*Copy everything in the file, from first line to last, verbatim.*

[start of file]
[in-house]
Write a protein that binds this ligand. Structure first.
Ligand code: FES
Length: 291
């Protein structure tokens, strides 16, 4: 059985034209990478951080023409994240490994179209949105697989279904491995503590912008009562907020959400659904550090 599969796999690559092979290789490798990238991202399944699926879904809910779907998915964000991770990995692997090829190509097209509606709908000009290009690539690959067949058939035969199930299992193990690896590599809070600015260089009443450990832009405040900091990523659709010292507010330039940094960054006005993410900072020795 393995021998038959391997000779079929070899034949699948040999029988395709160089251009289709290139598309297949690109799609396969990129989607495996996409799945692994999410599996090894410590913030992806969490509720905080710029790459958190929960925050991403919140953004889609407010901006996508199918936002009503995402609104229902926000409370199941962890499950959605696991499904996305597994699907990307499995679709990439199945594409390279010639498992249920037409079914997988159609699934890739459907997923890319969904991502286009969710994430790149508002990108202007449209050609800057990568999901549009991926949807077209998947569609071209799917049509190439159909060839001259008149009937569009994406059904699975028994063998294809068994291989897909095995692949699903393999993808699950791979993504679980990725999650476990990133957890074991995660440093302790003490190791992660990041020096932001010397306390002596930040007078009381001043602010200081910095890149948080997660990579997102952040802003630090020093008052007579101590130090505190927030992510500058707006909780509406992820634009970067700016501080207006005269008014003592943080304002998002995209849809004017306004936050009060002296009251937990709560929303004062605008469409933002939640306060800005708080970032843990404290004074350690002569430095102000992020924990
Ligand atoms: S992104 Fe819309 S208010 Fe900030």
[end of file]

[in-house]
Write a protein that binds this ligand. Structure first.
Ligand code: FES
Length: 291
């Protein structure tokens, strides 16, 4: 059985034209990478951080023409994240490994179209949105697989279904491995503590912008009562907020959400659904550090 599969796999690559092979290789490798990238991202399944699926879904809910779907998915964000991770990995692997090829190509097209509606709908000009290009690539690959067949058939035969199930299992193990690896590599809070600015260089009443450990832009405040900091990523659709010292507010330039940094960054006005993410900072020795 393995021998038959391997000779079929070899034949699948040999029988395709160089251009289709290139598309297949690109799609396969990129989607495996996409799945692994999410599996090894410590913030992806969490509720905080710029790459958190929960925050991403919140953004889609407010901006996508199918936002009503995402609104229902926000409370199941962890499950959605696991499904996305597994699907990307499995679709990439199945594409390279010639498992249920037409079914997988159609699934890739459907997923890319969904991502286009969710994430790149508002990108202007449209050609800057990568999901549009991926949807077209998947569609071209799917049509190439159909060839001259008149009937569009994406059904699975028994063998294809068994291989897909095995692949699903393999993808699950791979993504679980990725999650476990990133957890074991995660440093302790003490190791992660990041020096932001010397306390002596930040007078009381001043602010200081910095890149948080997660990579997102952040802003630090020093008052007579101590130090505190927030992510500058707006909780509406992820634009970067700016501080207006005269008014003592943080304002998002995209849809004017306004936050009060002296009251937990709560929303004062605008469409933002939640306060800005708080970032843990404290004074350690002569430095102000992020924990
Ligand atoms: S992104 Fe819309 S208010 Fe900030």